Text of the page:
Speaking of Morgan Freeman. . .

December 4, 2013 • 3:14 pm

For a palliative for Freeman’s muddled musings on quantum consciousness, have a look at this portrait (from Bored Panda):

Picture 1

It is not a photograph.

It’s a finger painting by artist Kyle Lambert, done on an iPad.

Bored Panda notes:

Lambert, who is a trained oil painter and illustrator, uses an iPad Air with the Procreate application. This Morgan Freeman portrait was drawn based on a photograph, but the video proves that Lambert recreated it entirely through his own artistic talent. Although the brief time-lapse makes it look like a breeze, it actually took Lambert more than 200 hours and 285,000 brush strokes to complete. Morgan Freeman is far from the only star that Lambert has given a finger-painting makeover to. His Youtube channel features videos of many other stars like Jennifer Aniston, David Beckham, Will Smith and Megan Fox.

The time-lapse video shows how the portrait arose from a gazillon tiny tweaks:

54 thoughts on “Speaking of Morgan Freeman. . .

  1. As impressive this type of photorealistic painting is (when done with any medium, be it oils, watercolors, iPads, whatever), I tend to be even more impressed by artists who create photorealistic scenes of that which never existed — or, even better, that which never could ever even exist in the first place.

    After all, all this really is is a modern version of a Mediaeval monk acting as a Xerox machine.


    1. I agree. My first thought is: “Wow!” My second is “Why?” If you make art look like a photo, why not just look at the photo? Surely that time and talent would be better spent bringing something new to picture. Still, if he enjoys it (and it gets him internet fame), who am I to argue?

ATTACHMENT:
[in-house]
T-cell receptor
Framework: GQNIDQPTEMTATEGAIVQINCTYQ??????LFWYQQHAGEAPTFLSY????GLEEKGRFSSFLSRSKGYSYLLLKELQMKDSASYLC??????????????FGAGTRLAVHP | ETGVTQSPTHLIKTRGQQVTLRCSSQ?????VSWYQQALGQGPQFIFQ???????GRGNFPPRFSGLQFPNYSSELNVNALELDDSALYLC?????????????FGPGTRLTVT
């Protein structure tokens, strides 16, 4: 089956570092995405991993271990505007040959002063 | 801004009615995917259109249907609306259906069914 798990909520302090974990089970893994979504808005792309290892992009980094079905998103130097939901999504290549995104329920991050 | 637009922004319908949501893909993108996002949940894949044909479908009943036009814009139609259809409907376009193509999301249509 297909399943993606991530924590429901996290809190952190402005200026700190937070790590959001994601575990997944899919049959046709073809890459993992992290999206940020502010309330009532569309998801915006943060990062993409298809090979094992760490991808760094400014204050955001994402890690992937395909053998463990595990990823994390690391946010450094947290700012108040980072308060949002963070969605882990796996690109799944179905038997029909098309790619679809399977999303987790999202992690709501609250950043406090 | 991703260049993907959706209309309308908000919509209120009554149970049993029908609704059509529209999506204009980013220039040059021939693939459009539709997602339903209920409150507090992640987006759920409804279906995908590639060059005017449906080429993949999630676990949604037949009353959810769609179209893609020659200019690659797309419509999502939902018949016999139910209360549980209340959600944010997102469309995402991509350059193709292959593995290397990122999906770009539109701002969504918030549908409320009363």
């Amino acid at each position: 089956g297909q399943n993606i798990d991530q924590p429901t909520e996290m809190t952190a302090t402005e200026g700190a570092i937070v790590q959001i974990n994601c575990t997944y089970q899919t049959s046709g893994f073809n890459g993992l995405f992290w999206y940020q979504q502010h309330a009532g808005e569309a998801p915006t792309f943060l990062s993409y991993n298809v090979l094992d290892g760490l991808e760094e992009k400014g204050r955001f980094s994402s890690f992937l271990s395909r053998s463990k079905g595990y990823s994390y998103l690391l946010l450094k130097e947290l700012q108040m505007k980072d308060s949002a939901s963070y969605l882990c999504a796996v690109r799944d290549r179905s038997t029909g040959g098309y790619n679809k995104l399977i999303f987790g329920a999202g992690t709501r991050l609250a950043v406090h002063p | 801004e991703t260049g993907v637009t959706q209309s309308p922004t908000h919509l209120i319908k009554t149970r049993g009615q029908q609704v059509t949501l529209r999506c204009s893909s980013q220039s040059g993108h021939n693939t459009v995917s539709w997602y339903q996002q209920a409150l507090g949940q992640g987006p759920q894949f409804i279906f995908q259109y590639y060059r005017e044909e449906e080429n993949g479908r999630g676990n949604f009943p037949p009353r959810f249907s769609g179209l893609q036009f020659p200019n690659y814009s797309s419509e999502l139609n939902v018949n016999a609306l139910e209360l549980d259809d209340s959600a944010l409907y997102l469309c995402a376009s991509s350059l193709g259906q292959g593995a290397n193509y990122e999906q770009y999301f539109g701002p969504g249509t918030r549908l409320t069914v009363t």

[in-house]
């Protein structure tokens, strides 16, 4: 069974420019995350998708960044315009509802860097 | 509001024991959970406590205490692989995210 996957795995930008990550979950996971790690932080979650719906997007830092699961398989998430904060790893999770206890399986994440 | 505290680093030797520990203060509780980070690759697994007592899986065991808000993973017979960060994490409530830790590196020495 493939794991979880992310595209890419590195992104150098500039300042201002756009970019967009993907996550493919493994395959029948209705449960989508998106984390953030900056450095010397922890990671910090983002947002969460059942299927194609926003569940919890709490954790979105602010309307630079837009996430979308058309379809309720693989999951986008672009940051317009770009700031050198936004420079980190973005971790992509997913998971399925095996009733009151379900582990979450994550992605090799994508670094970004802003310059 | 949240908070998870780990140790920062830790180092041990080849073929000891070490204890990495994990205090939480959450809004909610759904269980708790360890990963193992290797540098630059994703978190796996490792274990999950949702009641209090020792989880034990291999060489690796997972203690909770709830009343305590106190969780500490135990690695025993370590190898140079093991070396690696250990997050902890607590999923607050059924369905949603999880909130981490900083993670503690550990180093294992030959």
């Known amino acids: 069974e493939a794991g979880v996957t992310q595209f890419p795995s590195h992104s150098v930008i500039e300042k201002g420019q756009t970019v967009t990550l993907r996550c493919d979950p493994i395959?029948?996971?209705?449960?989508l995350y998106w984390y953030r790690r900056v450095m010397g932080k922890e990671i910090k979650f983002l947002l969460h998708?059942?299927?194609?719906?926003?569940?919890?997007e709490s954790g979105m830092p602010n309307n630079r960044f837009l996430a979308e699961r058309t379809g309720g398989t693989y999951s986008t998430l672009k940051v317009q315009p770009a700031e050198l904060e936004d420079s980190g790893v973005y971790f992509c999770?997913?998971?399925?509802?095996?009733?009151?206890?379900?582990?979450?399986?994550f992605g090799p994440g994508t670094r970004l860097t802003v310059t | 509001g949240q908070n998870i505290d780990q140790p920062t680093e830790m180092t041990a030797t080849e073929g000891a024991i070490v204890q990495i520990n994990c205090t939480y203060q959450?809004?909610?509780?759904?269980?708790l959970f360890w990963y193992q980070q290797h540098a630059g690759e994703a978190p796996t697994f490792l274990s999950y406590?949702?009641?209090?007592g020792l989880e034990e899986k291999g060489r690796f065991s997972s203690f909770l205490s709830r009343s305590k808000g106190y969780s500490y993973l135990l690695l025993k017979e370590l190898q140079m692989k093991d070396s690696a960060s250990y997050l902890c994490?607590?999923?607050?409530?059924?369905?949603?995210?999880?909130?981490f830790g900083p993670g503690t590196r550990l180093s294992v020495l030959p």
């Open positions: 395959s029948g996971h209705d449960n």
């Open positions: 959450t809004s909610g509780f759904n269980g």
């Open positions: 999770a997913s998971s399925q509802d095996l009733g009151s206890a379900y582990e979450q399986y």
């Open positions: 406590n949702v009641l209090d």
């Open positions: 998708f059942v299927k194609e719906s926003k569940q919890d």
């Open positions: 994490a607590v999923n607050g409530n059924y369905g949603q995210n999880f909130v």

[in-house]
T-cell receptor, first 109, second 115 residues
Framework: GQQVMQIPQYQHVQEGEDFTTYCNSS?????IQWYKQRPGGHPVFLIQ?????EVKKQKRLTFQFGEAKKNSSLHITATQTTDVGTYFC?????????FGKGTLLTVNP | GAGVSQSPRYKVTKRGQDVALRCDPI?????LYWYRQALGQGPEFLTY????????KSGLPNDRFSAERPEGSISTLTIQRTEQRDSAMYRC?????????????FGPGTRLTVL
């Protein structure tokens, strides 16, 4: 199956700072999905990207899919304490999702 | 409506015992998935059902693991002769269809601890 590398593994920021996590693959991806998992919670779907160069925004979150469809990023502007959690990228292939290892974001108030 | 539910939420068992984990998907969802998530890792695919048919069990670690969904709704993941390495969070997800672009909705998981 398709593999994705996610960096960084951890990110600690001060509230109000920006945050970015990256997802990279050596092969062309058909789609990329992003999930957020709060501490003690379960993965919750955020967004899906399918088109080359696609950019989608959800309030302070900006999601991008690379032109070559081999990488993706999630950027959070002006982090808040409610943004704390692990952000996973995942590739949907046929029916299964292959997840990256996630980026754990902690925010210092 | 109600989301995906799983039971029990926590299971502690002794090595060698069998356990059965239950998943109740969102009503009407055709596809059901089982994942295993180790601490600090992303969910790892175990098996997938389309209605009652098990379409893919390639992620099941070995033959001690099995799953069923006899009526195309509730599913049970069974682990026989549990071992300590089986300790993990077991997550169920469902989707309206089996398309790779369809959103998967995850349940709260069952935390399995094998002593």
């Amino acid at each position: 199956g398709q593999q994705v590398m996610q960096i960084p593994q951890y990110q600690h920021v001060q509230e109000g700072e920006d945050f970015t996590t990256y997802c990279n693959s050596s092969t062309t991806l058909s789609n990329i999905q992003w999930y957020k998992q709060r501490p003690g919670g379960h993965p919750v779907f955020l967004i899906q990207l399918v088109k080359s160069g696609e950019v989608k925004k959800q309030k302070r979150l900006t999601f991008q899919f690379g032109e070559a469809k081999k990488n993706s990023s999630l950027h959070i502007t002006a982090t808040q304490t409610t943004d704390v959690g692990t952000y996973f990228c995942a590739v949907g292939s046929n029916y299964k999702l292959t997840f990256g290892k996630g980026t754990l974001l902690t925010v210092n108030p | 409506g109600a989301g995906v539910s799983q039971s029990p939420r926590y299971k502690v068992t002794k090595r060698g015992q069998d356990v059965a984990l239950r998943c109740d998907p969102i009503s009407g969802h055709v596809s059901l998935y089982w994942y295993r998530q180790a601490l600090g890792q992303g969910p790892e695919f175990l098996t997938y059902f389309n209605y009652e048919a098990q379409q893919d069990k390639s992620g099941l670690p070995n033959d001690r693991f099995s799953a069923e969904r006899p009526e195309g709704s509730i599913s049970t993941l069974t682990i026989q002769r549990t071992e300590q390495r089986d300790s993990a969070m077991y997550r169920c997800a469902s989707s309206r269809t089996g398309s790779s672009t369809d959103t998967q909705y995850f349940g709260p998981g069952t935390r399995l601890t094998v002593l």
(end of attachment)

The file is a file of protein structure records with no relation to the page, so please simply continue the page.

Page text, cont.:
1. Oh, to be sure — if he enjoys it, and especially if others enjoy it or are happy to pay him for it or whatever, he shouldn’t let my “meh” reaction at all slow him down.

        But, on the other hand, if I can inspire him and others like him to greater heights of creativity….


      2. While I agree with you and Ben that adding innovative creativity to talent/skill can often result in a fuller, more satisfying, more comprehensive work of art, I think it’s also worth mentioning that if I had to choose only one of those elements, I’d go for talent/skill.

        When we marvel at what a performer/composer/painter/athlete has done, it’s because we recognize the skill that person has devoted time and effort to cultivating. And we’re able to recognize skill by comparing what that person has done to some standard. I feel that completely unconstrained, carte blanche creativity undoes this system.

        I think diligent and intelligent effort at cultivating skill is more respectable than whimsy, and this artist has obviously cultivated exceptional skill.